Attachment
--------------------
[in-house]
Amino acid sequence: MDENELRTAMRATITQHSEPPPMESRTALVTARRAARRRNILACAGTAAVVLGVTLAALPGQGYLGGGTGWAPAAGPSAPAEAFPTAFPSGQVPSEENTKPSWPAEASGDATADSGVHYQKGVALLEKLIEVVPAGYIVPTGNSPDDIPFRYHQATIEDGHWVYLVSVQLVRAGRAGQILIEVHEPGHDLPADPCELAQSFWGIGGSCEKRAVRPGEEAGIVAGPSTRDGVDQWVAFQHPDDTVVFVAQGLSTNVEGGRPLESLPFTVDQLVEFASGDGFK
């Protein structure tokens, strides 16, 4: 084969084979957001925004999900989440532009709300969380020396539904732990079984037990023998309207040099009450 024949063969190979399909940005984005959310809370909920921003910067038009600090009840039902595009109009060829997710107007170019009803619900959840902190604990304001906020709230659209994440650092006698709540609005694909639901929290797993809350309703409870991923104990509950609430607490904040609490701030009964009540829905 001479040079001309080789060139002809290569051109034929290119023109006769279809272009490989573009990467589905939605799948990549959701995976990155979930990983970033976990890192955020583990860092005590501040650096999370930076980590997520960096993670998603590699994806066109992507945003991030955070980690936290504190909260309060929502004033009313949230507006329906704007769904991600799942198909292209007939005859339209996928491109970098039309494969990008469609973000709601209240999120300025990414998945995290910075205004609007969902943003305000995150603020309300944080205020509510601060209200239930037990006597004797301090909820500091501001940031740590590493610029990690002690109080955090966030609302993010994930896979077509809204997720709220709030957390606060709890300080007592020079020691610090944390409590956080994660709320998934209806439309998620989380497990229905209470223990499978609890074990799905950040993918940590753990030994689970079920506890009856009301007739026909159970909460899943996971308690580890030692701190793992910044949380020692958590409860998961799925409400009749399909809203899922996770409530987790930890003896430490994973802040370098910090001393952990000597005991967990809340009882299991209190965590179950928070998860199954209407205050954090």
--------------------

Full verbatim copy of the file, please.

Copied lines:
[in-house]
Amino acid sequence: MDENELRTAMRATITQHSEPPPMESRTALVTARRAARRRNILACAGTAAVVLGVTLAALPGQGYLGGGTGWAPAAGPSAPAEAFPTAFPSGQVPSEENTKPSWPAEASGDATADSGVHYQKGVALLEKLIEVVPAGYIVPTGNSPDDIPFRYHQATIEDGHWVYLVSVQLVRAGRAGQILIEVHEPGHDLPADPCELAQSFWGIGGSCEKRAVRPGEEAGIVAGPSTRDGVDQWVAFQHPDDTVVFVAQGLSTNVEGGRPLESLPFTVDQLVEFASGDGFK
């Protein structure tokens, strides 16, 4: 084969084979957001925004999900989440532009709300969380020396539904732990079984037990023998309207040099009450 024949063969190979399909940005984005959310809370909920921003910067038009600090009840039902595009109009060829997710107007170019009803619900959840902190604990304001906020709230659209994440650092006698709540609005694909639901929290797993809350309703409870991923104990509950609430607490904040609490701030009964009540829905 001479040079001309080789060139002809290569051109034929290119023109006769279809272009490989573009990467589905939605799948990549959701995976990155979930990983970033976990890192955020583990860092005590501040650096999370930076980590997520960096993670998603590699994806066109992507945003991030955070980690936290504190909260309060929502004033009313949230507006329906704007769904991600799942198909292209007939005859339209996928491109970098039309494969990008469609973000709601209240999120300025990414998945995290910075205004609007969902943003305000995150603020309300944080205020509510601060209200239930037990006597004797301090909820500091501001940031740590590493610029990690002690109080955090966030609302993010994930896979077509809204997720709220709030957390606060709890300080007592020079020691610090944390409590956080994660709320998934209806439309998620989380497990229905209470223990499978609890074990799905950040993918940590753990030994689970079920506890009856009301007739026909159970909460899943996971308690580890030692701190793992910044949380020692958590409860998961799925409400009749399909809203899922996770409530987790930890003896430490994973802040370098910090001393952990000597005991967990809340009882299991209190965590179950928070998860199954209407205050954090």